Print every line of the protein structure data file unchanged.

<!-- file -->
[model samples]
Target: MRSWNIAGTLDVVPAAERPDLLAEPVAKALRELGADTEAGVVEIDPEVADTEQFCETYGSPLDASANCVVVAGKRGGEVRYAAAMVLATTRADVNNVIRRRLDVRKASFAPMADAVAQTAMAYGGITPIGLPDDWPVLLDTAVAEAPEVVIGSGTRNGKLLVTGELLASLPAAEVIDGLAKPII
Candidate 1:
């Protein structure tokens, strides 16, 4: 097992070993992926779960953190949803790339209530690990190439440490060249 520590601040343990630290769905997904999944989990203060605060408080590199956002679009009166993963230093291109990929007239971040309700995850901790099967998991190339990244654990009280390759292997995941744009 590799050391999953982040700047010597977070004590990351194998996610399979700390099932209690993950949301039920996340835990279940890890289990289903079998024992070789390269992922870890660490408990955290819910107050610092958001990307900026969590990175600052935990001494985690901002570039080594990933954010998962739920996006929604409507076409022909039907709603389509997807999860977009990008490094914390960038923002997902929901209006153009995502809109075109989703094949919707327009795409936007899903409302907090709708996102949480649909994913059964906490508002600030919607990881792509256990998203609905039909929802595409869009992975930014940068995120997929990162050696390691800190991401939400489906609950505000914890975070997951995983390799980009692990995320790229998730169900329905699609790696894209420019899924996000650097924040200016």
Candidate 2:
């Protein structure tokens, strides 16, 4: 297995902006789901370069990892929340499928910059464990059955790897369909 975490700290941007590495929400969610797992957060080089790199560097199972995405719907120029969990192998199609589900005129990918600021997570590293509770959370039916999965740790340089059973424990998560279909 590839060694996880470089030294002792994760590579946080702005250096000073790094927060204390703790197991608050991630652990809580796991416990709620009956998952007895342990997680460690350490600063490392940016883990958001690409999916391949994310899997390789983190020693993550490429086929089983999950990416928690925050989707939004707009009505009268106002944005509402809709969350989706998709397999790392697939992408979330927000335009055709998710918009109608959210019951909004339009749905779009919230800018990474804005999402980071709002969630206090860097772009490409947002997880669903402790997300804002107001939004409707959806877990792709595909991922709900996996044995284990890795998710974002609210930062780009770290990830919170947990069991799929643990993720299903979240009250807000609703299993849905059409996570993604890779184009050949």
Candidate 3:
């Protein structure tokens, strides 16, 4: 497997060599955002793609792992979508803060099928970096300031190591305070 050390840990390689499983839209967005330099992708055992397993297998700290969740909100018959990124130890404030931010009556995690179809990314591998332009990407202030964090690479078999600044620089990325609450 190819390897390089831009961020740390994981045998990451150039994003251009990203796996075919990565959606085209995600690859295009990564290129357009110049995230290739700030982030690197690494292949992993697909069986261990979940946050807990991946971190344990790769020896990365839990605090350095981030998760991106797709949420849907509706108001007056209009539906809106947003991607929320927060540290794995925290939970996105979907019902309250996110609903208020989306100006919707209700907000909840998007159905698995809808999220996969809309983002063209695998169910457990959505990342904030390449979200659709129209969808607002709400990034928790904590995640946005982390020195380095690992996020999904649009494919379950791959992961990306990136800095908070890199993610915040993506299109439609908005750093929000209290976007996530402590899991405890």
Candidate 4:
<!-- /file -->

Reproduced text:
[model samples]
Target: MRSWNIAGTLDVVPAAERPDLLAEPVAKALRELGADTEAGVVEIDPEVADTEQFCETYGSPLDASANCVVVAGKRGGEVRYAAAMVLATTRADVNNVIRRRLDVRKASFAPMADAVAQTAMAYGGITPIGLPDDWPVLLDTAVAEAPEVVIGSGTRNGKLLVTGELLASLPAAEVIDGLAKPII
Candidate 1:
């Protein structure tokens, strides 16, 4: 097992070993992926779960953190949803790339209530690990190439440490060249 520590601040343990630290769905997904999944989990203060605060408080590199956002679009009166993963230093291109990929007239971040309700995850901790099967998991190339990244654990009280390759292997995941744009 590799050391999953982040700047010597977070004590990351194998996610399979700390099932209690993950949301039920996340835990279940890890289990289903079998024992070789390269992922870890660490408990955290819910107050610092958001990307900026969590990175600052935990001494985690901002570039080594990933954010998962739920996006929604409507076409022909039907709603389509997807999860977009990008490094914390960038923002997902929901209006153009995502809109075109989703094949919707327009795409936007899903409302907090709708996102949480649909994913059964906490508002600030919607990881792509256990998203609905039909929802595409869009992975930014940068995120997929990162050696390691800190991401939400489906609950505000914890975070997951995983390799980009692990995320790229998730169900329905699609790696894209420019899924996000650097924040200016």
Candidate 2:
């Protein structure tokens, strides 16, 4: 297995902006789901370069990892929340499928910059464990059955790897369909 975490700290941007590495929400969610797992957060080089790199560097199972995405719907120029969990192998199609589900005129990918600021997570590293509770959370039916999965740790340089059973424990998560279909 590839060694996880470089030294002792994760590579946080702005250096000073790094927060204390703790197991608050991630652990809580796991416990709620009956998952007895342990997680460690350490600063490392940016883990958001690409999916391949994310899997390789983190020693993550490429086929089983999950990416928690925050989707939004707009009505009268106002944005509402809709969350989706998709397999790392697939992408979330927000335009055709998710918009109608959210019951909004339009749905779009919230800018990474804005999402980071709002969630206090860097772009490409947002997880669903402790997300804002107001939004409707959806877990792709595909991922709900996996044995284990890795998710974002609210930062780009770290990830919170947990069991799929643990993720299903979240009250807000609703299993849905059409996570993604890779184009050949």
Candidate 3:
């Protein structure tokens, strides 16, 4: 497997060599955002793609792992979508803060099928970096300031190591305070 050390840990390689499983839209967005330099992708055992397993297998700290969740909100018959990124130890404030931010009556995690179809990314591998332009990407202030964090690479078999600044620089990325609450 190819390897390089831009961020740390994981045998990451150039994003251009990203796996075919990565959606085209995600690859295009990564290129357009110049995230290739700030982030690197690494292949992993697909069986261990979940946050807990991946971190344990790769020896990365839990605090350095981030998760991106797709949420849907509706108001007056209009539906809106947003991607929320927060540290794995925290939970996105979907019902309250996110609903208020989306100006919707209700907000909840998007159905698995809808999220996969809309983002063209695998169910457990959505990342904030390449979200659709129209969808607002709400990034928790904590995640946005982390020195380095690992996020999904649009494919379950791959992961990306990136800095908070890199993610915040993506299109439609908005750093929000209290976007996530402590899991405890």
Candidate 4: